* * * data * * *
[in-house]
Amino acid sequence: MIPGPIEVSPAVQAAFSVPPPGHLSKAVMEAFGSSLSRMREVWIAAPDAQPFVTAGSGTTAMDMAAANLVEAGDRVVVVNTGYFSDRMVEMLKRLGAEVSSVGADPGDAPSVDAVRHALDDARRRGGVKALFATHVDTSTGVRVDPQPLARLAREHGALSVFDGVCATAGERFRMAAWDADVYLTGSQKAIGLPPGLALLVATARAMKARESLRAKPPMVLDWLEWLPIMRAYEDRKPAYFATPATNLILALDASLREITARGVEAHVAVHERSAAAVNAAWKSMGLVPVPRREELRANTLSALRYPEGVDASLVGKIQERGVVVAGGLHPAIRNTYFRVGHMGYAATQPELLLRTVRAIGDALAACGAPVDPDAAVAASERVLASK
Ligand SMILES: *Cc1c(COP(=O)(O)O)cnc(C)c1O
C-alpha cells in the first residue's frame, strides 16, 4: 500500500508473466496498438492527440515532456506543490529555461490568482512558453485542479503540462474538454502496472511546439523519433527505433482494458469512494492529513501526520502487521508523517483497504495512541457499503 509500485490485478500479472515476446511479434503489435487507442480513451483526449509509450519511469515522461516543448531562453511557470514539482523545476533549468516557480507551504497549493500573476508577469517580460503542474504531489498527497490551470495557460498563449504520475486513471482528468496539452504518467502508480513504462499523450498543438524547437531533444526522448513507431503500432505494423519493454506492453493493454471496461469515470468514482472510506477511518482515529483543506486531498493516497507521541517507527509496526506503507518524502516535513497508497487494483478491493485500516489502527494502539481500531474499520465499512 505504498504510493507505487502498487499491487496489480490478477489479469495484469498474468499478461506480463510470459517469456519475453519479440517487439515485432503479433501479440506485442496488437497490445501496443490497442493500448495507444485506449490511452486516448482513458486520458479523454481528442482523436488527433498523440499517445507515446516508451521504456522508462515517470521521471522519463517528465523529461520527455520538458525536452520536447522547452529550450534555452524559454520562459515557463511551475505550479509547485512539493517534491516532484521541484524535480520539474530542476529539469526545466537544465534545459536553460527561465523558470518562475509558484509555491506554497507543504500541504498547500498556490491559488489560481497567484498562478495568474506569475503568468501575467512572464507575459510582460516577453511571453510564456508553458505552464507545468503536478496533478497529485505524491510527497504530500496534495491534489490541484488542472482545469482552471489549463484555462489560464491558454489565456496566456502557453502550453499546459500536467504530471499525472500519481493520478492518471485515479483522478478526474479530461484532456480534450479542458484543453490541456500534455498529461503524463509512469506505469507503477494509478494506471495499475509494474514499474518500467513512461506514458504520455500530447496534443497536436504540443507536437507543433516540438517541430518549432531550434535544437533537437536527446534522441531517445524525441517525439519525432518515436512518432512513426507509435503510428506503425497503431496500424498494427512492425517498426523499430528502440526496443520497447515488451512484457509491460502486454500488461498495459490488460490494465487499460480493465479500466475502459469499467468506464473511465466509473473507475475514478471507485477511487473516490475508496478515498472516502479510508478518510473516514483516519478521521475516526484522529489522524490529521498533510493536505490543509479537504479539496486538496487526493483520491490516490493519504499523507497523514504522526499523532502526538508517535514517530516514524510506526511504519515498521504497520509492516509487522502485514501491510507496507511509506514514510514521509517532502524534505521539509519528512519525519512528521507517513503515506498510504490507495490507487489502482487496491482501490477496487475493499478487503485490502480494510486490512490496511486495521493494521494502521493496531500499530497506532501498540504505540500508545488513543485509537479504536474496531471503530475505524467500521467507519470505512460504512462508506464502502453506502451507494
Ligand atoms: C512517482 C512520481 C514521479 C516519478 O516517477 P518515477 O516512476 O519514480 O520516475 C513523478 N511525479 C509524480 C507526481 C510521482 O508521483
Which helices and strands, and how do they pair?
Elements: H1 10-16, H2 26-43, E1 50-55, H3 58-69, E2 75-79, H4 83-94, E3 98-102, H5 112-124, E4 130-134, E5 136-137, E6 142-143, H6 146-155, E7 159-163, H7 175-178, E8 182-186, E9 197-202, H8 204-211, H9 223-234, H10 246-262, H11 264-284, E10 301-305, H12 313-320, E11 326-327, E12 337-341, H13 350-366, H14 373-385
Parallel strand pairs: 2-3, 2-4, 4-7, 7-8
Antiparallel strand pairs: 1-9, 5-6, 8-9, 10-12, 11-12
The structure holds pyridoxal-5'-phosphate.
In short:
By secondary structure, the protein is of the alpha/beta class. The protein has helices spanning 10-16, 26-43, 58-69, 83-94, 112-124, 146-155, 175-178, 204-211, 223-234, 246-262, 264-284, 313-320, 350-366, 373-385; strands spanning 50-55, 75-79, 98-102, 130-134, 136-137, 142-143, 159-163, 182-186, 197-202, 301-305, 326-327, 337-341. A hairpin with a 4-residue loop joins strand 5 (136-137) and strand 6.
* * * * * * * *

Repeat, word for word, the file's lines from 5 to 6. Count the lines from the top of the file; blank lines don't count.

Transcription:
Ligand atoms: C512517482 C512520481 C514521479 C516519478 O516517477 P518515477 O516512476 O519514480 O520516475 C513523478 N511525479 C509524480 C507526481 C510521482 O508521483
Which helices and strands, and how do they pair?